I also think that there is an urgent need to decolonise the global discourse on disability. Experiences of disabled persons in the Global South are marginalised. Our social realities that define our disabilities are not spoken about enough in popular global discourses on disability. Our lived realities and experiences with disability are diverse based on where we live, our culture, our socio-economic position, caste, class, religion, gender, sexuality. However, the global discourse mostly looks at us as a monolith and does not care much about our narratives. So when I began understanding disability justice, I couldn’t find much representation of many of my interests and experiences in popular media/publications in the West that address disability.
There is an urgent need to decolonise the global discourse on disability. Experiences of disabled persons in the Global South are marginalised
How long have you been vegan? What inspired you to become vegan? How was your decision to live vegan perceived by your family, friends, colleagues?
I’ve been vegan for over five years. I made the decision at a time when information and conversations around veganism wasn’t so visible in India as it is today. I learned about how the capitalist “animal industry” uses, exploits, commodifies and abuses nonhuman animals. I learned more about consent and how the system routinely violates the consent of nonhuman animals, without any accountability or repercussion. Reading and following the works of anti-speciesist advocates led me to question and rethink the way I perceived, experienced and responded to oppression(s). It led me to connect the dots and understand how capitalism, cisheteropatriarchy, and speciesism operate hand-in-hand in oppressing human beings with marginalised identities and nonhuman animals. I am still learning from the brilliant works of queer, disabled, Black, indigenous, POC, “lower” caste vegans.
My partner accepted my decision to go vegan wholeheartedly, and eventually decided to go vegan himself. We’re in this journey of learning and unlearning, together. Quite a few of my friends also went vegan eventually and are amazing anti-speciesist advocates. They are a wonderful support system and I learn a lot from their work everyday!
I got to know you through your posts on @brownfeministvegan. Why did you start that page, and what do you want to achieve with it?
The mainstream discourse around veganism is largely white, upper class, “upper” caste, abled, cishet, and single-issue. This invisibilises a lot of anti-speciesist advocacy by Black, POC, “lower” caste, queer, low-income, and disabled vegans across the world. I started @brownfeministvegan for conversations on subaltern and less talked about narratives around veganism, learning from and amplifying the works of people with marginalised identities, and exploring intersections of other social justice issues with veganism.
Through my content, I critique the status quo and existing frameworks around veganism that push many people away to the margins. I talk about systems – ‘vegan’ and ‘non-vegan’ that oppress human and nonhuman animals. I talk about intersections of other oppression(s) with speciesism, reclaiming vegan spaces, and how the vegan movement can be more inclusive and safer for marginalised persons.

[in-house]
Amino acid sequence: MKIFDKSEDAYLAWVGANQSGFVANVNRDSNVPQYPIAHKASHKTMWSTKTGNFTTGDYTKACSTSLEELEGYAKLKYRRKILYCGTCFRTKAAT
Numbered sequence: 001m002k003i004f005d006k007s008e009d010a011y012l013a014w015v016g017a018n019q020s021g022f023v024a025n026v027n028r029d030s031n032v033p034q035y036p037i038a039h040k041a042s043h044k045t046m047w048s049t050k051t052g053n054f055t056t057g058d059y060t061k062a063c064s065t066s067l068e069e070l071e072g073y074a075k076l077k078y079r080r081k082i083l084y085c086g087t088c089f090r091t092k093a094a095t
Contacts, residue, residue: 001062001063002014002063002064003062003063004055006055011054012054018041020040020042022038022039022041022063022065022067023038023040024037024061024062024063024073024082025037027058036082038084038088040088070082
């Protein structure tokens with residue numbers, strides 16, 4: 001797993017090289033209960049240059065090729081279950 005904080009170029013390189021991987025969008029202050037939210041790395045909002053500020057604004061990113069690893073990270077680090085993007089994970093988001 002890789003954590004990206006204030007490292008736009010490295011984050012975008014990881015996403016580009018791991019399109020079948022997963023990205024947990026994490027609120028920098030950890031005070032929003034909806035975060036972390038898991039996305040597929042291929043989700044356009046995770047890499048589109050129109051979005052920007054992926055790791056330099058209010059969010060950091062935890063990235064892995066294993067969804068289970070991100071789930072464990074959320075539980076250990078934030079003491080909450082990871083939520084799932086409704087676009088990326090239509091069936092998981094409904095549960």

On your recent posts at @brownfeministvegan you stated that ‘Vegan capitalism will not end speciesism’. And that ‘capitalism, white supremacy and casteism are responsible for both human and non-human animal oppression(s) across the world’.
Can you elaborate?
Vegan capitalism and animal exploitation exist and operate hand-in-hand. The ‘supply and demand’ argument that is commonly used in mainstream vegan outreach posits that by buying vegan alternatives, we can end nonhuman animal oppression. It presents veganism as a consumer activity and urges people to ‘vote with their dollar’ in order to end speciesism. Dismantling speciesism is not an economic activity. Merely switching to vegan alternatives does not end speciesism or ‘net suffering’. Consumer capitalism – vegan or non-vegan – harms nonhuman animals, wildlife, and habitats across the world! All capitalist establishments – vegan or nonvegan – push their costs onto nonhuman animals, nature, and the working classes.
Dismantling speciesism is not an economic activity. Merely switching to vegan alternatives does not end speciesism or ‘net suffering’.
Vegan corporations market themselves as ‘sustainable’. Sustainable by what standards? Whose voices were taken into account while defining sustainability, and whose voices were excluded? How are they sustainable when they are driven by the capitalist logic of ever increasing consumption and expansion. An increase in ‘vegan production’ in capitalist establishments does not necessarily affect the ‘animal industry’. In fact, various popular vegan product ranges are owned by multinational corporations – to increase their vegan consumer base – while routinely selling ‘animal products’. All of this is part of a larger system that shifts the blame onto consumers by misrepresenting that it is only consumer choices and ethics that drive capitalist oppression. Veganism needs more anti-capitalist, anti-speciesist advocacy.